Our (Out)doors are Open
Under New Hampshire’s "Safer at Home" orders from the Governor, we can all continue to enjoy the outdoors. Our 190 Forest Reservations are open and you don't need to register in advance to use these protected spaces, except for Lost River Gorges & Boulder Caves and Mt. Monandock. We urge you to #BeSafeBeWellBeLocal (see guidelines for recreating responsibly at bottom) and to avoid well-trafficked hiking spots when possible. Use our Reservation Guide to find a quiet outdoor place near you.
- Use our Forest Reservation Guide to find a Forest Society property that is open to visitors (58 properties host marked trails). You can also use our Easement Lands Guide to find lesser-known properties with public access.
- Use our "Hike Local" guide, organized by region, to find additional trails on conservation land across the state owned by other nonprofits and local agencies.
- Lunchtime LIVE: We'll be posting new videos and hosting weekly Lunchtime LIVE presentations with Forest Society staff members on Facebook. Follow our Facebook page to join in the fun or you can re-watch recent content here, including virtual field trips and fireside readings. Past Woodshop Wednesdays woodworking projects with carpenter Andy Crowley are also archived.
Listen & Learn
- Listen to our past Something Wild podcasts, mini-lessons on the natural world, including these topics:
Maple sugaring- Forest Society Senior Director of Education Dave Anderson was featured on NHPR's The Exchange and there's a video of a visit to his sugarhouse included in the post; plus, you can find curriculum on maple sugaring including evaporation and grading here.
Wildlife tracking- you can check out this Something Wild episode on wildlife tracker Susan Morse, read an article with tracking tips and tricks, or join a subreddit of people across the country interested in animal tracking.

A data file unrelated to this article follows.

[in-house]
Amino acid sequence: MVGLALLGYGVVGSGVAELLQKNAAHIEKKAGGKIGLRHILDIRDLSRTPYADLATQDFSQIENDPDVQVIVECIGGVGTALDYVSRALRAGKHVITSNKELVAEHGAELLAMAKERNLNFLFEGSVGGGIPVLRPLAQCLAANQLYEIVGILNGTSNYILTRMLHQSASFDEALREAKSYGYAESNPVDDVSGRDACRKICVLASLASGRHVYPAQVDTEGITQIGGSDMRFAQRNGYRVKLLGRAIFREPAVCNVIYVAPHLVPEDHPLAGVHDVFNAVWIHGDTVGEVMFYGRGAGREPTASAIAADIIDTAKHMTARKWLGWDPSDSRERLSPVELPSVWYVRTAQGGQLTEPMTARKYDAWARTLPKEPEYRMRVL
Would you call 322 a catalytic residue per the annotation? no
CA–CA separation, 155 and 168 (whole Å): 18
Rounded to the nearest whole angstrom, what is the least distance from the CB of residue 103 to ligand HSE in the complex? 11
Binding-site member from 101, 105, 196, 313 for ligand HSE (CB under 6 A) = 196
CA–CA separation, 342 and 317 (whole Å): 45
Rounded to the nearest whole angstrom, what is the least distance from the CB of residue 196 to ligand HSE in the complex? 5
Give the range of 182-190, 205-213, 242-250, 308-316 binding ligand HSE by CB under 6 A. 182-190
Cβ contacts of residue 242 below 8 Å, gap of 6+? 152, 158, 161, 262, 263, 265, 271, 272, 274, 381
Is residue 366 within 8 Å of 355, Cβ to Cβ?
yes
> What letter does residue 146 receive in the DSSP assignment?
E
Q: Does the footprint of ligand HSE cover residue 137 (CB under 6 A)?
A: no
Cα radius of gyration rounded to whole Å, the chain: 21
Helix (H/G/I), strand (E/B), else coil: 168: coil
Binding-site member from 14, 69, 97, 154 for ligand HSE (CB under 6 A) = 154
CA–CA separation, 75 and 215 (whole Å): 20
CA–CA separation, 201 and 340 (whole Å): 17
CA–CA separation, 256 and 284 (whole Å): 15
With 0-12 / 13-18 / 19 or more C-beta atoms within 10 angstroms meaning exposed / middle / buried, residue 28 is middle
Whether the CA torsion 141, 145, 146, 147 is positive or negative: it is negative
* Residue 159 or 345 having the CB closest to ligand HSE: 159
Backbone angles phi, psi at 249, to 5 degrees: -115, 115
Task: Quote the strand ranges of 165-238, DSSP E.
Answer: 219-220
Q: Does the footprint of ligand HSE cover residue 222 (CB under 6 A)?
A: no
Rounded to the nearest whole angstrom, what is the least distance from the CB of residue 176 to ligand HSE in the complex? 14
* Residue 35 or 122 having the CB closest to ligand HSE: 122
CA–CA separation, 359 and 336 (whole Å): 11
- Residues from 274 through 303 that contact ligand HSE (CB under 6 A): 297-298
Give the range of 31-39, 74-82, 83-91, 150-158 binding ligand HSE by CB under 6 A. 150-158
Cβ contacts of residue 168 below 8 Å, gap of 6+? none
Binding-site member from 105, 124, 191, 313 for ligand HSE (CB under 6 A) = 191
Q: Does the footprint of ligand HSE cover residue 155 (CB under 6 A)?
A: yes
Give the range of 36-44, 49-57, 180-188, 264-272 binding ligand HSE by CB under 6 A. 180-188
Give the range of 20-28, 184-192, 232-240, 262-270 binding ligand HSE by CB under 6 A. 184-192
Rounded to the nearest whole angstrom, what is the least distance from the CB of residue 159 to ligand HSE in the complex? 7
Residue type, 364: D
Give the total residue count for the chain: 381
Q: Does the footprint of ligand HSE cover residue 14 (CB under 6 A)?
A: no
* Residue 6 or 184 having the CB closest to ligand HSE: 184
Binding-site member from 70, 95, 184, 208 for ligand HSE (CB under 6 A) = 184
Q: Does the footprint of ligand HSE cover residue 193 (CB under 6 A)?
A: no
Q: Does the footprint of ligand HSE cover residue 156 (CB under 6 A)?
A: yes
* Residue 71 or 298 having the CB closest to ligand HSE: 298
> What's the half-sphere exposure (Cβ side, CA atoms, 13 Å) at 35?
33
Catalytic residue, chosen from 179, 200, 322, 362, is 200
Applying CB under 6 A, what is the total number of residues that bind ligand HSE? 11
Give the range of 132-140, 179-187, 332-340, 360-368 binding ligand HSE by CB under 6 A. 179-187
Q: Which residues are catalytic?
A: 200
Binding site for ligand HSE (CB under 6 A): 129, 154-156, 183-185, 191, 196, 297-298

- Learn: Check out our storymaps, interactive articles that include photos, videos, and maps: why we cut trees for conservation, a virtual view of farms on our conservation land, and the Easement Lands Guide.
May We Recommend.... Read, Watch & Interact
- Check out our staff's recommendations for books to read, films to watch, and podcasts to listen to...
- Watch NHPBS' Windows to the Wild online.
Lesson Plans, Curriculum & Hands-on Activities
- At home Ag-tivities from the national Agriculture in the Classroom program.
- Learning resources from the Seacoast Science Center in Rye.
- Interactive research and reports from the Hubbard Brook Research Forest on ice storms, bird migration, and much more.
- The Hidden Worlds of National Parks: Google arts & culture exhibit and interactive documentary on national parks.
- The Natural Inquirer has lesson plans for middle-schoolers.
- The American Museum of Natural History has extensive curriculum and Ology, a science website for kids.
- The iNaturalist app, a joint initiative of the California Academy of Sciences and the National Geographic Society, allows you to photograph wildlife and wild species you observe and quickly crowdsource identification. Plus, you're contributing to biodiversity science!
- Check in on wildlife cameras in the state and around the world; here's a look at a Peregrine falcon's nest in Manchester and TheCornellLab's bird cams.
- Check in with our many partners to find other sources of environmental education, including the Gundalow Company in Portsmouth, Project Learning Tree, and The Nature Conservancy's Nature Lab for curriculum. Leave No Trace offers indoor nature activities for kids too.
- NH Girl Scout Chloe Gross put together this EcoKids curriculum for camp and after-school programs that want to connect kids with nature!
- Use the Home Advisor tree identification guide to identify trees in your neighborhood (hat tip to Hailey!).
*Please follow these guidelines if you are planning a visit to our reservations.*